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Combined Popliteal and Saphenous Nerve Blocks at the Knee

An Underused Alternative to General or Spinal Anesthesia for Foot and Ankle Surgery

Cornelius M. Donohue Department of Podiatric Surgery, Hahnemann University Hospital, Philadelphia, PA.

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 DPM
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Larry R. Goss Surgical Residency Program, Tenet Parkview Hospital and Medical College of Pennsylvania Hospital, Philadelphia; Temple University School of Podiatric Medicine, Philadelphia, PA; private practice, Philadelphia Foot & Ankle, Philadelphia, PA.

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Samuel Metz Department of Anesthesiology, Drexel University College of Medicine, Philadelphia, PA.

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Michael S. Weingarten Wound Healing Program, Medical College of Pennsylvania Hospital, Philadelphia.

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Larry B. Dyal Jr Tenet Parkview Hospital and Medical College of Pennsylvania Hospital, Philadelphia.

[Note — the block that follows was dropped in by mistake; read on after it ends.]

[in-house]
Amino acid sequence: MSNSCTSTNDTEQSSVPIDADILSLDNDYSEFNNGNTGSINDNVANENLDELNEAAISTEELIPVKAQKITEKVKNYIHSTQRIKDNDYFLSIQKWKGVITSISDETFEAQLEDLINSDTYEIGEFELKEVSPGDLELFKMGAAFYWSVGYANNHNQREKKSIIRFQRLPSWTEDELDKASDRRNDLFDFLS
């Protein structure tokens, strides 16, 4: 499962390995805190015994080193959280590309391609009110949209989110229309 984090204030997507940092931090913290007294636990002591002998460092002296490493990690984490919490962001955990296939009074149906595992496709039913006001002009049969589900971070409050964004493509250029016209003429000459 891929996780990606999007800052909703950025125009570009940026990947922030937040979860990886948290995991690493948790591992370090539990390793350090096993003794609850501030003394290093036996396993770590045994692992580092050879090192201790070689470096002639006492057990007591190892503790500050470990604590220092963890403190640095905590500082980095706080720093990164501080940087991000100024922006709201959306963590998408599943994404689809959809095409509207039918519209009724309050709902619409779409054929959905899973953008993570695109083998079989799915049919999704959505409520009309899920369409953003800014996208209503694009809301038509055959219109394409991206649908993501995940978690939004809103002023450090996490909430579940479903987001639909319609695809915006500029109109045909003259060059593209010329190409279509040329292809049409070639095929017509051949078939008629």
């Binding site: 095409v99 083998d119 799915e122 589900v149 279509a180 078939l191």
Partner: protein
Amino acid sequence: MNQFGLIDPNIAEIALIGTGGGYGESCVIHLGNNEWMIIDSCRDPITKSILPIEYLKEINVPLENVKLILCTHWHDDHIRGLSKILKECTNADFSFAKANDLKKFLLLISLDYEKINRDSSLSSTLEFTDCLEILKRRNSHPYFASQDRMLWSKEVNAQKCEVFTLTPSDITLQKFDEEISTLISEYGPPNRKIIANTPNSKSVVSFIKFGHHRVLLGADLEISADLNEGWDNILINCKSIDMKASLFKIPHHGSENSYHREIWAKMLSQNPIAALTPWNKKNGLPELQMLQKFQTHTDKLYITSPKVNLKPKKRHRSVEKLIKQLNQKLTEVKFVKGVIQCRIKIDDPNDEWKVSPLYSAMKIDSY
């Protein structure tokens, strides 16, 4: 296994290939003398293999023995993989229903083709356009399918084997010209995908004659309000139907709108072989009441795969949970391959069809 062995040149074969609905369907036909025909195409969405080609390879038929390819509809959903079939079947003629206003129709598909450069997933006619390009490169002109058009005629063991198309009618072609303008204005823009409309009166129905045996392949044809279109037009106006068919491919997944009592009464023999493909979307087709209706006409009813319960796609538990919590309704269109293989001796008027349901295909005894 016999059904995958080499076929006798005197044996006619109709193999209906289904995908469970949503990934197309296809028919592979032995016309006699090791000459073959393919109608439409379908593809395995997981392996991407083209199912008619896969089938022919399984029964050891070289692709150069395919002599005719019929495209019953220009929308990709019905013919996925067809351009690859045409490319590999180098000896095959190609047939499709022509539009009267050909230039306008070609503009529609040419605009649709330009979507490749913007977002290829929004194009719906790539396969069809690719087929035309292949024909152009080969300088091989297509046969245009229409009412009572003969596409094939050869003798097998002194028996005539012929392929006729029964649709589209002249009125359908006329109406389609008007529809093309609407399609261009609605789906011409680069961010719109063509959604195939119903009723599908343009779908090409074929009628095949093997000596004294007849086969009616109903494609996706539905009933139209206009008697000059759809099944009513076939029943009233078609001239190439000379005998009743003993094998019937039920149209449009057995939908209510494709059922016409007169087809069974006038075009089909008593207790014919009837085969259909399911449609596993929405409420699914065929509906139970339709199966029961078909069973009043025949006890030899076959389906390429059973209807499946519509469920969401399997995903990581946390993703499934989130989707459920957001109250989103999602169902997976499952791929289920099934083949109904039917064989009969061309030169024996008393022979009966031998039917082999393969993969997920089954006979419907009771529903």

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 DPM, MS

Peripheral nerve blocks at the ankle have long been used for foot surgery. However, when local foot and ankle blocks are inappropriate or contraindicated, general and spinal anesthesia are the common alternatives. Both have disadvantages and require added equipment and monitors. Combined popliteal and saphenous nerve blocks at the knee can offer a desirable alternative to general and spinal anesthesia for foot and ankle surgery. In addition, popliteal and saphenous nerve blocks provide anesthesia of the entire lower leg, thus permitting a greater variety of procedures to be performed. This article reviews the anatomical considerations, various block techniques, and surgical applications of this useful approach to lower-leg anesthesia. (J Am Podiatr Med Assoc 94(4): 368–374, 2004)

Corresponding author: Cornelius M. Donohue, DPM, 748 Camp Woods Rd, Villanova, PA 19085.
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